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Grant struggles with highest unemployment

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Archives - March 2009
Sunday, March 01, 2009
rural2.jpg Eastern counties  are long on  scenery and short on jobs.

GRANT COUNTY Oregon’s rural counties are being hit hard by unemployment, and the biggest spike is in Grant County, a sparsely populated eastern county reliant on timber and ranching. The job base is feeling the double whammy of the construction collapse on top of the historically declining wood-products industry. In December, Grant’s unemployment rate was 15.9%, the highest in the state; the state average was 9%. One year ago, the county had 10% unemployment.

“This downturn is comparable to the early ’80s when the timber markets busted,” says Grant County Judge Mark Webb. “But now, we’ve not been doing good for a long time. Companies aren’t as healthy and able to weather the challenge. We’re weaker now.” At the core are area mills that are either shutting down or reducing shifts.

That recessions hit rural areas hardest isn’t unexpected, and Oregon’s rural timber-reliant counties have struggled for decades to find new businesses and industries to replace timber. But in a county like Grant, with 60% of the land federally owned and with most of that timber and grazing, Webb says a healthy forest plan that allows more logging while also addressing environmental concerns is key.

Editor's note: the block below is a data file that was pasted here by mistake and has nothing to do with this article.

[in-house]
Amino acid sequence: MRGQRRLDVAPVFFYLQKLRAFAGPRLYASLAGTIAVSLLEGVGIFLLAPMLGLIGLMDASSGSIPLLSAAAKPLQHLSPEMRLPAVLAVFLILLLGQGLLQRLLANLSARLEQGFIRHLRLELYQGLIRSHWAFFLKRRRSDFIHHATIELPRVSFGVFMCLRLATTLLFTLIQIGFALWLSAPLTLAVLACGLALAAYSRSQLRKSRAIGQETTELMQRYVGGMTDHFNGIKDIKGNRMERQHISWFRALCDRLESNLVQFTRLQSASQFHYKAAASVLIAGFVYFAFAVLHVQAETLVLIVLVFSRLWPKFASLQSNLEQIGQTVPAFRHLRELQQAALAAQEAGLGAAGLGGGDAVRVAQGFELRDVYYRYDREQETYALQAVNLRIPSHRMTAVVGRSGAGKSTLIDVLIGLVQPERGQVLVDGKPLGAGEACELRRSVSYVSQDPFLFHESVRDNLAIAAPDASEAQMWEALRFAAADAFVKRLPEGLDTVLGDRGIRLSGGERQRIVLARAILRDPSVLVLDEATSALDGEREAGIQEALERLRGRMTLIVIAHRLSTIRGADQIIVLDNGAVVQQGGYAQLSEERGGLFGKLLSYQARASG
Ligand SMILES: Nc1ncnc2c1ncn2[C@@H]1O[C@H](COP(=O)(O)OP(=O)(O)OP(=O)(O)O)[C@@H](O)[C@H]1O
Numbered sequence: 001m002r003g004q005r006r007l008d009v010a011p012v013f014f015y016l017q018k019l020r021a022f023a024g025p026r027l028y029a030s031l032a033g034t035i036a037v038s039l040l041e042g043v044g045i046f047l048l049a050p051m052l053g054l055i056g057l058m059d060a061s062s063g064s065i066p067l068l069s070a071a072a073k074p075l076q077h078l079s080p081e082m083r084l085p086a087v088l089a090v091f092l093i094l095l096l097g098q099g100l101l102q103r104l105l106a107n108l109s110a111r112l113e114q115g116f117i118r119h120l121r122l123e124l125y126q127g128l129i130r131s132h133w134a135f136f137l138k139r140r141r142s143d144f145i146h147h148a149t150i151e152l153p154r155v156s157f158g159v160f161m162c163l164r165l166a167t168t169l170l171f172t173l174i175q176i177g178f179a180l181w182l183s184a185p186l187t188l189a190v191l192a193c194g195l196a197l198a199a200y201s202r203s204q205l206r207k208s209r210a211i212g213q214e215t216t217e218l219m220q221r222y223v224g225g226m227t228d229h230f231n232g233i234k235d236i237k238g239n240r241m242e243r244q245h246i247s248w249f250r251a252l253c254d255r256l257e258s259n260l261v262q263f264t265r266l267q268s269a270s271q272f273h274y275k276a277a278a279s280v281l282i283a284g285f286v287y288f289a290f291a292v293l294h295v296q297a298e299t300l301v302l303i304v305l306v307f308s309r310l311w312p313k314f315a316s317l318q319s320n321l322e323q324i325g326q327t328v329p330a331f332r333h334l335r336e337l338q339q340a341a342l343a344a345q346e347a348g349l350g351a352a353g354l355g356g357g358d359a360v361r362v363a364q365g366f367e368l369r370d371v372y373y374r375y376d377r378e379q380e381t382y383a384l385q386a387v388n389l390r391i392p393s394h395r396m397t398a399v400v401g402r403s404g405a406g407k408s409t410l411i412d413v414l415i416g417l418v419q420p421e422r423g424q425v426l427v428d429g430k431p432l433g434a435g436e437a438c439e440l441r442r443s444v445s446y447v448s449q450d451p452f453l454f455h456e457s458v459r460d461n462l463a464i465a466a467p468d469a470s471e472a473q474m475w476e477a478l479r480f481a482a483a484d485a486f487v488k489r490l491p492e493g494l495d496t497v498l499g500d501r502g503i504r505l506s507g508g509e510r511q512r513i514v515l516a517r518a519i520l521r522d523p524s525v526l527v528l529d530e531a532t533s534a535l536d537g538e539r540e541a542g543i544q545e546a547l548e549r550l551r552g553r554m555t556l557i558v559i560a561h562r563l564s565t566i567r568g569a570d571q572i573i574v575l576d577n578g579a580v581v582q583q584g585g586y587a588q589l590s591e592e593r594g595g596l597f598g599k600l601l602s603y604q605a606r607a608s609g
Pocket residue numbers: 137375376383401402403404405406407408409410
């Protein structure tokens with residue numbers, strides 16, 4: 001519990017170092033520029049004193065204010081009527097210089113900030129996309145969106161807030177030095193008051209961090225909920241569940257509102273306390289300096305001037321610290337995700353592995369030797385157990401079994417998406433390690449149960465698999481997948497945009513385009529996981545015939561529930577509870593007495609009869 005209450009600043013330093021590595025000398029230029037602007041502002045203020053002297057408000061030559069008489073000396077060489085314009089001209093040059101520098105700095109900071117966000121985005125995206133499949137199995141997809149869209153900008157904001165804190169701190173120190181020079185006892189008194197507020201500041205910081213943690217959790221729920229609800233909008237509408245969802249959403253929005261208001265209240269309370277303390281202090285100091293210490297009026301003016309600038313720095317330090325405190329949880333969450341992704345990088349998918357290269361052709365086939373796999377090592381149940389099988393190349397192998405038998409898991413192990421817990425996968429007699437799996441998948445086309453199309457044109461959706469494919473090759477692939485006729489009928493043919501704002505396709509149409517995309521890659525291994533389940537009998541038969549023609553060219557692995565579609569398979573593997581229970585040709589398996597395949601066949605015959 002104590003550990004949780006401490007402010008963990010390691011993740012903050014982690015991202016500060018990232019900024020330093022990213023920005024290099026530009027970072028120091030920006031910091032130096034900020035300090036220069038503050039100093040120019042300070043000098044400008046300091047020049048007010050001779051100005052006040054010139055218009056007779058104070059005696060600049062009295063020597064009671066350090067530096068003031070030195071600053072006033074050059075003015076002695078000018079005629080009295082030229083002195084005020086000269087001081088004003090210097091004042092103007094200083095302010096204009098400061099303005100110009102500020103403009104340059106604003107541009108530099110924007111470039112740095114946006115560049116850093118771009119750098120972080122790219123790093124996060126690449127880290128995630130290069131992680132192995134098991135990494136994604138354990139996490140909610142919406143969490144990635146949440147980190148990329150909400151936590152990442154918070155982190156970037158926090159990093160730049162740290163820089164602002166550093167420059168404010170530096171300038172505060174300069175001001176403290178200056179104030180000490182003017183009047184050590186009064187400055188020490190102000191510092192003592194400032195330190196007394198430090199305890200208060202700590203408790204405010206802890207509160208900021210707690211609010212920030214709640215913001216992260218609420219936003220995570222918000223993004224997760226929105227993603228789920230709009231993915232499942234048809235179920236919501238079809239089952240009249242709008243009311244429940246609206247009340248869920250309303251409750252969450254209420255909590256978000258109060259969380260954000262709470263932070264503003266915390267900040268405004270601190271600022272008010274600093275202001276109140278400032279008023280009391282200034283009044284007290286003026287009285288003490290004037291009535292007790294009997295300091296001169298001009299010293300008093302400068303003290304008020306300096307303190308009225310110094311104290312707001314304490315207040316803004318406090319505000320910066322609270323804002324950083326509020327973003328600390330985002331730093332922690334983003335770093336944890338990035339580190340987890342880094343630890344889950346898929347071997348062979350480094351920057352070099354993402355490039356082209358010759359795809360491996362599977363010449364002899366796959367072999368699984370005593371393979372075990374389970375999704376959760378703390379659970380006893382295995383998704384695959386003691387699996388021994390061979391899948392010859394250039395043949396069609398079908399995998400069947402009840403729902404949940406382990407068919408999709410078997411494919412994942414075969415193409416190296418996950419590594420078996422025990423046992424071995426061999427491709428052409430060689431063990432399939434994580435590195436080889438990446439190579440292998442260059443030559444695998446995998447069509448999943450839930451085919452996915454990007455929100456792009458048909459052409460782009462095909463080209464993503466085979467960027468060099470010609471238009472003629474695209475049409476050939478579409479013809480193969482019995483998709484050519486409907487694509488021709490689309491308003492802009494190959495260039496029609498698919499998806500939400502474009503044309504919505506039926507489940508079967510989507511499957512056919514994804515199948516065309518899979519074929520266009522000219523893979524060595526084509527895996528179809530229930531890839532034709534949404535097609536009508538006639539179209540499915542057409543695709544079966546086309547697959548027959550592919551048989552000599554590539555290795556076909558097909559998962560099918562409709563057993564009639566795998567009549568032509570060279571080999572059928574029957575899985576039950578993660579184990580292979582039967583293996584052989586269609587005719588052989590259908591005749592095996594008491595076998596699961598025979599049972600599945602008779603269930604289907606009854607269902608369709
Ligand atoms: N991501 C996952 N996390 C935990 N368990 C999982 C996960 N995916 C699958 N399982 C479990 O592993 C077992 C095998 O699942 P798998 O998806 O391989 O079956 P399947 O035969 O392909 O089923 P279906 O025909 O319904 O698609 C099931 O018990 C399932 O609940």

A new coalition of Oregon business, environmental, labor and community leaders agrees. The group recently joined forces to promote the economic and environmental benefits of enhanced federal funding to restore forest health in the state. In a Feb. 3 letter to Gov. Ted Kulongoski, and Senators Ron Wyden and Jeff Merkley and other members of the Oregon congressional delegation, the group urged legislators to press for stimulus funding dedicated to forest restoration and related rural development projects. “This dual investment will create good, family-wage jobs and restore the condition of our national forests,” the group said.

Grant County also faces infrastructure obstacles to diversifying its job bases. “The problem is we have no port or rail and we are not on an interstate,” says county economic development officer Sally Bartlett.

On the bright side, about half of the 2,400 people employed in Grant as of December worked in government, a sector that looks fairly steady at the moment. And Webb says the county’s road funds are in good shape.        ROBIN DOUSSARD

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